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Living the Dream … Problems

Bushwacker ...mmm.
Bushwacker …mmm.

So I’m sitting here with Mr. News of St. John and we were chatting about silly things that only happen on St. John. For years we’ve dubbed these “Living the Dream problems.” For example:

“It’s so hot, my Bushwacker melted before I could drink it.”

-Living the Dream problems.

“The donkeys caused a traffic jam.”

-Living the Dream problems.

So we want to know, what are your favorite “Living the Dream problems”? Leave them in the comments section. Once we collect a bunch, we’ll post our favorites and you all can vote on the top “Living the Dream problem.” The winner gets a fancy News of St. John swag bag.

See What’s Happening on Different Parts of the Island

Want to know what the weather’s like on a certain part of the island? Or perhaps you are simply looking for a little St. John escape. Then this sampling of webcams will do the trick. Check them out:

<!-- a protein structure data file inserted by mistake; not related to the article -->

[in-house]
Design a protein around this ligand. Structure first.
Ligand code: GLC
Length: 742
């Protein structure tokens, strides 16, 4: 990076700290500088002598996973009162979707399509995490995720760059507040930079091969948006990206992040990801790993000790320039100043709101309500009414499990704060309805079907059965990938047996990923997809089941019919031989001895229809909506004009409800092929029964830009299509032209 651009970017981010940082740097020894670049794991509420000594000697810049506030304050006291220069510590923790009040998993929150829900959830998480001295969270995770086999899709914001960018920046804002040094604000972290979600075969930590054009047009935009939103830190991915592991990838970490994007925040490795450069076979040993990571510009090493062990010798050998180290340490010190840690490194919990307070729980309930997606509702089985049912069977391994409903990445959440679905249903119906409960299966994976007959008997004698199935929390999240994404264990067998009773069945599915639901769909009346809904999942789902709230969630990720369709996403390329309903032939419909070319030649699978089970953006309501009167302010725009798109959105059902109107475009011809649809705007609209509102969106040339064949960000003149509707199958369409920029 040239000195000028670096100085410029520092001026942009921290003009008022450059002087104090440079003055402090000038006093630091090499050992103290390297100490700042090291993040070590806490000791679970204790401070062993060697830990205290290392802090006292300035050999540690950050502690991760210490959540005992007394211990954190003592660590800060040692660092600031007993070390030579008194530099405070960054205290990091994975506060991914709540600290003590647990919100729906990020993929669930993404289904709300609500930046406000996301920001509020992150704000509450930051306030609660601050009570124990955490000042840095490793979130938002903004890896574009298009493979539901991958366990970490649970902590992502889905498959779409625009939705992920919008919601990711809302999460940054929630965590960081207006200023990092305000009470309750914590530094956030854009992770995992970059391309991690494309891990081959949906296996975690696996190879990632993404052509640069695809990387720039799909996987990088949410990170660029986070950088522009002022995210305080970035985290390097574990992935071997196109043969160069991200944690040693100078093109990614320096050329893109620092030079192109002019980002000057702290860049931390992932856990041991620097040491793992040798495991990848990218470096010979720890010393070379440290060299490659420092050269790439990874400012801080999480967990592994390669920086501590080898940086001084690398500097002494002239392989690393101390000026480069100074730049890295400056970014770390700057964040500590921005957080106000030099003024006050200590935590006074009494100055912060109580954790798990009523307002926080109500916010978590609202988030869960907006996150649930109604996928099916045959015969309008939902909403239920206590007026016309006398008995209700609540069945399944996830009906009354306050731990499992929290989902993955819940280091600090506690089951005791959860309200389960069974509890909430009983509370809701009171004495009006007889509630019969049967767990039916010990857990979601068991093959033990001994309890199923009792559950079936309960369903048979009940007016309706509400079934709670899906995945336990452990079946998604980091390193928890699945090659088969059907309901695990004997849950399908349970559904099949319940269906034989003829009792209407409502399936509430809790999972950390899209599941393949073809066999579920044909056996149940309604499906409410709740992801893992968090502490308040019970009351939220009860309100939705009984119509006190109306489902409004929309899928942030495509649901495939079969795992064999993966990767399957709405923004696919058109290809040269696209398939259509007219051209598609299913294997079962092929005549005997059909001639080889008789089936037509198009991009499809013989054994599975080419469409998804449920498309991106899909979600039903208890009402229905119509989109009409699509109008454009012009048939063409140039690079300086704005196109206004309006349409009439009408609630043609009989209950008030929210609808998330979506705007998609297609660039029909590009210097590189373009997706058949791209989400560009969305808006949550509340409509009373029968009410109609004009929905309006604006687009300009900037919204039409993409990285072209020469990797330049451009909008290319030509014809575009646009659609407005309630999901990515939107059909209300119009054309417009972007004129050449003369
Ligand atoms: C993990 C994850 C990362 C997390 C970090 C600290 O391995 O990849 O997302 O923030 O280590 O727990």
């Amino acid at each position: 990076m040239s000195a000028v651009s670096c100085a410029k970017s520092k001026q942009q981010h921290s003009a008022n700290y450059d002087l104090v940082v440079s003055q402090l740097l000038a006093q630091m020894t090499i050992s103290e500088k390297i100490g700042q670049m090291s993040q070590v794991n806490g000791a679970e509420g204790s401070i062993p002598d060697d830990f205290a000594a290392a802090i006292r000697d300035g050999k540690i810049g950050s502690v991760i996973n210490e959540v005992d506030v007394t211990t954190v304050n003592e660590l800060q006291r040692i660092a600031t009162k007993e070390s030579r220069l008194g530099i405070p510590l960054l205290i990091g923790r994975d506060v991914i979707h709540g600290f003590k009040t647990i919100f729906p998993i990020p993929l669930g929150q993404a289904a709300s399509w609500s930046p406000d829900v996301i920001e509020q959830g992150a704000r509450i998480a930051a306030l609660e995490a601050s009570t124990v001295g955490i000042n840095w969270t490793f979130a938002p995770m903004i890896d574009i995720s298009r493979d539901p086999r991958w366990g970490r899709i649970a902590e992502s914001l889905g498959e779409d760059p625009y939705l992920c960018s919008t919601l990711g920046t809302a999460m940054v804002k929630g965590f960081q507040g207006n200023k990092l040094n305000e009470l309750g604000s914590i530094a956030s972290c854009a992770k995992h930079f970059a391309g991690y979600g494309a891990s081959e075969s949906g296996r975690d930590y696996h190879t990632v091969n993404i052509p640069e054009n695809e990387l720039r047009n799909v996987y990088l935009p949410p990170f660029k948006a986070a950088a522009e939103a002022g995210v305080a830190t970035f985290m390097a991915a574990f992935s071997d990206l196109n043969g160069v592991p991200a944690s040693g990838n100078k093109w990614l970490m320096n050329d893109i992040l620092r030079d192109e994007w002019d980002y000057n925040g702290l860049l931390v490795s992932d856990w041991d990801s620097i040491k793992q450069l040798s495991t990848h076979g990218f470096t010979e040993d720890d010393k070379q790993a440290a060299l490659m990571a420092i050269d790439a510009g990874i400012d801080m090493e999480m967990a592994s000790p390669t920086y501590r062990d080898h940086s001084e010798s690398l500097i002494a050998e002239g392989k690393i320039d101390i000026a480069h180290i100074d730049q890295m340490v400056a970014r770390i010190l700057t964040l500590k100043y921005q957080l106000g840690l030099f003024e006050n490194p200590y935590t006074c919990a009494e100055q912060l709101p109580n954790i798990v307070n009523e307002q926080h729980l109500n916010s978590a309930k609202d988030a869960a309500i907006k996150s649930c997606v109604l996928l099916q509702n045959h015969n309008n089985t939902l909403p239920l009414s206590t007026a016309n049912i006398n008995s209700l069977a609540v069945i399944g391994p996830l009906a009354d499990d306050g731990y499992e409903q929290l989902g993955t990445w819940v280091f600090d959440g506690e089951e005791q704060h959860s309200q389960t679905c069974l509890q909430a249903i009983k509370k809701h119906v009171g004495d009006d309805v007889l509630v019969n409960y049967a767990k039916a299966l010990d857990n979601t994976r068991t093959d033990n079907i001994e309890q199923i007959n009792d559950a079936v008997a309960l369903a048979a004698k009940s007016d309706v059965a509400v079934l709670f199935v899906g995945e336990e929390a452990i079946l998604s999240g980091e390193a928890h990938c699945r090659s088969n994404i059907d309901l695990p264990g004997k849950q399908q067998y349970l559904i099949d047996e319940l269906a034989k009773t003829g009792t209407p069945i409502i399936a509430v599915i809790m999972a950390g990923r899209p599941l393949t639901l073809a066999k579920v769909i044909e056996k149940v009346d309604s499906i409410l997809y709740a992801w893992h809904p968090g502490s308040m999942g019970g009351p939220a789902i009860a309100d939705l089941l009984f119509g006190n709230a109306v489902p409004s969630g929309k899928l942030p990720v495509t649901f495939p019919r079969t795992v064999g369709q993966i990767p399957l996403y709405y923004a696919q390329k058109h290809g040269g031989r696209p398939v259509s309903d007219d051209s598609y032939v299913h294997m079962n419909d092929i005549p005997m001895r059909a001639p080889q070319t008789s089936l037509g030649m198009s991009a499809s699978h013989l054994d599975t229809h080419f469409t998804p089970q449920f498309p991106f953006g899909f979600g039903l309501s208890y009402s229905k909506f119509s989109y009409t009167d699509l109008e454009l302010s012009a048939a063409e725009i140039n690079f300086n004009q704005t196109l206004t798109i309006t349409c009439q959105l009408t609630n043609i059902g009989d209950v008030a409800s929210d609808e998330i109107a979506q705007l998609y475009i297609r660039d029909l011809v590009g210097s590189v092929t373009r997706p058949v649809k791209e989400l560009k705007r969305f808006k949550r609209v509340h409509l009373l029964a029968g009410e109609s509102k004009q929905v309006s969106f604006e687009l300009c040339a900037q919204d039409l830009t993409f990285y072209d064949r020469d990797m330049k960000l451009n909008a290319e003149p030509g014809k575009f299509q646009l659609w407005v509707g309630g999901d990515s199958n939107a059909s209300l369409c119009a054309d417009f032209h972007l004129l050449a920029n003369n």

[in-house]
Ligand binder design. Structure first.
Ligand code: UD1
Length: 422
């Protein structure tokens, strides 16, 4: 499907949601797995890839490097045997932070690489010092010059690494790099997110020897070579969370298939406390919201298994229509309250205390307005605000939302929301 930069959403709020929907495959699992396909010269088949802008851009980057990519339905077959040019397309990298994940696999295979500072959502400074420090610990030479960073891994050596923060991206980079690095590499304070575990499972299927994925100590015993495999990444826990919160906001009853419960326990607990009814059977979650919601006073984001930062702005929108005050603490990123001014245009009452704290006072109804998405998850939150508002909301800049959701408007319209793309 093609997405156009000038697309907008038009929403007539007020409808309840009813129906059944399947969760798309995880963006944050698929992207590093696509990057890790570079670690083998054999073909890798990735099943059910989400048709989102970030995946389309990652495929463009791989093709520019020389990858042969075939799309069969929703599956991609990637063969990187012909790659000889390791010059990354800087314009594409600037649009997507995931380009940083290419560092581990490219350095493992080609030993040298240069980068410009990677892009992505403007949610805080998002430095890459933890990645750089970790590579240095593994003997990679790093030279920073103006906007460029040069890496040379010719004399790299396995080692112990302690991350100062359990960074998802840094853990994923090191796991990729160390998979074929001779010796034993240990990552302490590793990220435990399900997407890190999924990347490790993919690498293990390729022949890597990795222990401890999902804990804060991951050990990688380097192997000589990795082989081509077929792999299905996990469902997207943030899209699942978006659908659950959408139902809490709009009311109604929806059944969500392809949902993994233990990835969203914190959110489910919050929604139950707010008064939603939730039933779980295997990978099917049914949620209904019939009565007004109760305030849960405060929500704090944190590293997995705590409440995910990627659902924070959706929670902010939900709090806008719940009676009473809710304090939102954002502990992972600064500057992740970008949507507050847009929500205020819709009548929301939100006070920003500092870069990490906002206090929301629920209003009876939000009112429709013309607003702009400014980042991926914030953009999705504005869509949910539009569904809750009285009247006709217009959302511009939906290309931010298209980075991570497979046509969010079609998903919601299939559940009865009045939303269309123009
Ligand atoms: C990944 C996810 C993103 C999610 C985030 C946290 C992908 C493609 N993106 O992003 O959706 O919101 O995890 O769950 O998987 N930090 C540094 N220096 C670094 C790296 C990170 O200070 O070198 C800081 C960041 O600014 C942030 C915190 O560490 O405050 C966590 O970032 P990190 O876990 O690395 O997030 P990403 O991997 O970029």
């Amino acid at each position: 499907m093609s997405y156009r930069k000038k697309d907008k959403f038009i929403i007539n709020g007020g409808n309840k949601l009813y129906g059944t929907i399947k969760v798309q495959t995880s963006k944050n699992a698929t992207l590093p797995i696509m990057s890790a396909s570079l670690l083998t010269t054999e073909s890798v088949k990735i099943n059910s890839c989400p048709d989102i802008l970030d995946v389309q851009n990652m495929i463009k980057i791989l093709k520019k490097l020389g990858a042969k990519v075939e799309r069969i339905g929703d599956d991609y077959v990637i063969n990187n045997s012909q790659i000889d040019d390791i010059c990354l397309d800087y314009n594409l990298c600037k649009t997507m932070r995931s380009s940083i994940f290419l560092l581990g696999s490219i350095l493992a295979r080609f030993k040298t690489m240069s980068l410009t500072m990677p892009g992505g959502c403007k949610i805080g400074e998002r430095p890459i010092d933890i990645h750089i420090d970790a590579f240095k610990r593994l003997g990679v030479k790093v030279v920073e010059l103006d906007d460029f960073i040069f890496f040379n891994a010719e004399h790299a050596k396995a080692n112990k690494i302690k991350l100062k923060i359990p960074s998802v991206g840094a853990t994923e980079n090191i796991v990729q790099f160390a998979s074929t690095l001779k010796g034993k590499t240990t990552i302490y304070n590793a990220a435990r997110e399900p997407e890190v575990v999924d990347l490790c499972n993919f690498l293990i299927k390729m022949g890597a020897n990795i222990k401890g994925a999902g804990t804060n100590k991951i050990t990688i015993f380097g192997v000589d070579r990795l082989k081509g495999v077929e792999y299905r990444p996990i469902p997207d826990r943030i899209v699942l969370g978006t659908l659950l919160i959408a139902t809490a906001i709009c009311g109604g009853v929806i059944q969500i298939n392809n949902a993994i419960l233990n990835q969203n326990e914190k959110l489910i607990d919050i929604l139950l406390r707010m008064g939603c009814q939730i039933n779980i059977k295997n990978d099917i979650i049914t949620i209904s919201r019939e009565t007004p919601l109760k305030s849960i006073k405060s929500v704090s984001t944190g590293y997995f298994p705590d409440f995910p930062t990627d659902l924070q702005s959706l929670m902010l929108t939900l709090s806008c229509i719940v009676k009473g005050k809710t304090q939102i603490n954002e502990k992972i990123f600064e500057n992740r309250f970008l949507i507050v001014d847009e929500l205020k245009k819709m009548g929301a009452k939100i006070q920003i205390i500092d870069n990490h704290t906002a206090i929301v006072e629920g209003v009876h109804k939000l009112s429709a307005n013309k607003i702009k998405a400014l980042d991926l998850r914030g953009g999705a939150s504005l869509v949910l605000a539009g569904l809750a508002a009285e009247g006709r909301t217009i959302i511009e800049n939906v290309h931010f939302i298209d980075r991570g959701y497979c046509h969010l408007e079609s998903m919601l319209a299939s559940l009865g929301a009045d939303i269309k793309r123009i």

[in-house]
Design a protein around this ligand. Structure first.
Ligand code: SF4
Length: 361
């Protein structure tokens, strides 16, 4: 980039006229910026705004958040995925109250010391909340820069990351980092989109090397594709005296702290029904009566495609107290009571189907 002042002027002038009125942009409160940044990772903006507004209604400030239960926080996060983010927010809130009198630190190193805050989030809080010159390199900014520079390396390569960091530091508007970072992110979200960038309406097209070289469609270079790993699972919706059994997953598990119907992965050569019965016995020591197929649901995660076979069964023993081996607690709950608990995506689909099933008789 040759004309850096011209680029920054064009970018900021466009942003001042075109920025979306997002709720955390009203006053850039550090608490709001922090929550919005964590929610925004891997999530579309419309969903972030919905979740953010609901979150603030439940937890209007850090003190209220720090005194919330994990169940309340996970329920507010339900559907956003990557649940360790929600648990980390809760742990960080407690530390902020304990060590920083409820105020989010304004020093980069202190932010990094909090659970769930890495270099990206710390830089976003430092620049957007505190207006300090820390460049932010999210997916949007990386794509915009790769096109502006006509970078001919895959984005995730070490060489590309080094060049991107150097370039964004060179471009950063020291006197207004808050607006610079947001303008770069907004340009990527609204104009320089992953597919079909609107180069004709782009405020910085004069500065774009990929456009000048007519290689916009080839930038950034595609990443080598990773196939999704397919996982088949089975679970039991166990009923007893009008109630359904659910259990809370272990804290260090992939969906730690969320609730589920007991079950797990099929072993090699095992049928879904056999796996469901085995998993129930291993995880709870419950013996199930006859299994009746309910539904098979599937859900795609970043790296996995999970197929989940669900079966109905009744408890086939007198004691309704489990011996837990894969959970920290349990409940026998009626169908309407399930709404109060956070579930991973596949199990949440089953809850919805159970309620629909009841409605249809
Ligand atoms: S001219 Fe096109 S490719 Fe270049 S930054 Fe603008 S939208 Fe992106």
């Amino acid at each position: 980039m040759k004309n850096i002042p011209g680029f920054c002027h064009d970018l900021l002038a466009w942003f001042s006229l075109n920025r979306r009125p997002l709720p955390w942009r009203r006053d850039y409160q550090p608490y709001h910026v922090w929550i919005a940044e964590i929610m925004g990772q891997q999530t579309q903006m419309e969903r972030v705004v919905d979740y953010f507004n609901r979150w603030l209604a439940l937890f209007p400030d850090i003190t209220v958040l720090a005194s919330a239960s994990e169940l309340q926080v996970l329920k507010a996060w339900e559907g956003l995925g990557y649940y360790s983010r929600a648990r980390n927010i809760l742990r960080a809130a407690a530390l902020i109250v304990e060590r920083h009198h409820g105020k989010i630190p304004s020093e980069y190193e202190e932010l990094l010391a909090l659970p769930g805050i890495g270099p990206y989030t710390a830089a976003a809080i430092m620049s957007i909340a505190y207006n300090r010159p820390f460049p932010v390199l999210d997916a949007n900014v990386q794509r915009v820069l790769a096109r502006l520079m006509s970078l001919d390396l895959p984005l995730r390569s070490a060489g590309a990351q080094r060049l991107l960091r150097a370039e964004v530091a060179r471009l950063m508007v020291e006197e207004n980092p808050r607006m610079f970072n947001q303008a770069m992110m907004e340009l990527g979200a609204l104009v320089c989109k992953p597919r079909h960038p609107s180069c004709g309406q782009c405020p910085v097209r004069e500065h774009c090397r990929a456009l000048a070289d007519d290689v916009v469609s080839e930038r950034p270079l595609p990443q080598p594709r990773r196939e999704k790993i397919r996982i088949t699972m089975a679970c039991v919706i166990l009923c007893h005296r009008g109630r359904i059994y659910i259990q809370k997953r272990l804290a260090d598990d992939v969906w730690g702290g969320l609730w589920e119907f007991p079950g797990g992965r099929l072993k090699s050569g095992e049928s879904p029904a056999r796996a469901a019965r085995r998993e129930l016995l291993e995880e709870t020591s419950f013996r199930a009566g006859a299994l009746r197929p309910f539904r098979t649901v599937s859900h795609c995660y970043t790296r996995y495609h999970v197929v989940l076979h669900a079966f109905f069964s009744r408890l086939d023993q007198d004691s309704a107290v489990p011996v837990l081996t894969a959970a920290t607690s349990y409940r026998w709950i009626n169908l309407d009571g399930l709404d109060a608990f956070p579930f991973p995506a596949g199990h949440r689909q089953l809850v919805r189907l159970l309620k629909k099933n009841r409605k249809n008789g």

Views: North Shore – Catherineberg toward Whistling Cay and the BVIs

Island Stones
Island Stones

Views: South Shore – Hart Bay and Rendezvous Bay toward Ditleff Point

Great Expectations Webcam
Great Expectations

Views: Bordeaux Mountain – Coral Bay toward East End and BVIs

Esprit webcam
Esprit

Views: East End – Dreekets Bay and Sir Francis Drake Channel toward Tortola

Andara webcam
Andara

Views: Sunset – Overlooking Cruz Bay toward St. Thomas

Sunset Ridge Webcam
Sunset Ridge

Want to see more? Click here to see all of our island webcams.